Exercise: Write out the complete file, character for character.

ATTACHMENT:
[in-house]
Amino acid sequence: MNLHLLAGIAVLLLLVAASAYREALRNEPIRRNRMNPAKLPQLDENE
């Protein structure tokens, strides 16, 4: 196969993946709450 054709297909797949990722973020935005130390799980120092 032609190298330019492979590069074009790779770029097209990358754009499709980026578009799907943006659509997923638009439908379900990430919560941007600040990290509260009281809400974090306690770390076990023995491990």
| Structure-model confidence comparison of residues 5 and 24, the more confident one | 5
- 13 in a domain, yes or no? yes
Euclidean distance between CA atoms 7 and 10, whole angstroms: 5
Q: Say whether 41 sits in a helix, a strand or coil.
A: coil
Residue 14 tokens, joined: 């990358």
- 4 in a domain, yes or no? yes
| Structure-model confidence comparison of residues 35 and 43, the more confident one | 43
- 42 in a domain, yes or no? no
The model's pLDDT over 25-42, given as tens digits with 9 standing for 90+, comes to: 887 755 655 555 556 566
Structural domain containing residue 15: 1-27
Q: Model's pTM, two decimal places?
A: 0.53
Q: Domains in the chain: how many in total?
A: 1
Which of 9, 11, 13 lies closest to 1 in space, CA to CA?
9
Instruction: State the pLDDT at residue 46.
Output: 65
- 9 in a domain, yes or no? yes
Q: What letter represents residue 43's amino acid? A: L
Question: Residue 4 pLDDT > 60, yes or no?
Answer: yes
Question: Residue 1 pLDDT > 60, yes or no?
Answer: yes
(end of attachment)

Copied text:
[in-house]
Amino acid sequence: MNLHLLAGIAVLLLLVAASAYREALRNEPIRRNRMNPAKLPQLDENE
């Protein structure tokens, strides 16, 4: 196969993946709450 054709297909797949990722973020935005130390799980120092 032609190298330019492979590069074009790779770029097209990358754009499709980026578009799907943006659509997923638009439908379900990430919560941007600040990290509260009281809400974090306690770390076990023995491990």
| Structure-model confidence comparison of residues 5 and 24, the more confident one | 5
- 13 in a domain, yes or no? yes
Euclidean distance between CA atoms 7 and 10, whole angstroms: 5
Q: Say whether 41 sits in a helix, a strand or coil.
A: coil
Residue 14 tokens, joined: 């990358």
- 4 in a domain, yes or no? yes
| Structure-model confidence comparison of residues 35 and 43, the more confident one | 43
- 42 in a domain, yes or no? no
The model's pLDDT over 25-42, given as tens digits with 9 standing for 90+, comes to: 887 755 655 555 556 566
Structural domain containing residue 15: 1-27
Q: Model's pTM, two decimal places?
A: 0.53
Q: Domains in the chain: how many in total?
A: 1
Which of 9, 11, 13 lies closest to 1 in space, CA to CA?
9
Instruction: State the pLDDT at residue 46.
Output: 65
- 9 in a domain, yes or no? yes
Q: What letter represents residue 43's amino acid? A: L
Question: Residue 4 pLDDT > 60, yes or no?
Answer: yes
Question: Residue 1 pLDDT > 60, yes or no?
Answer: yes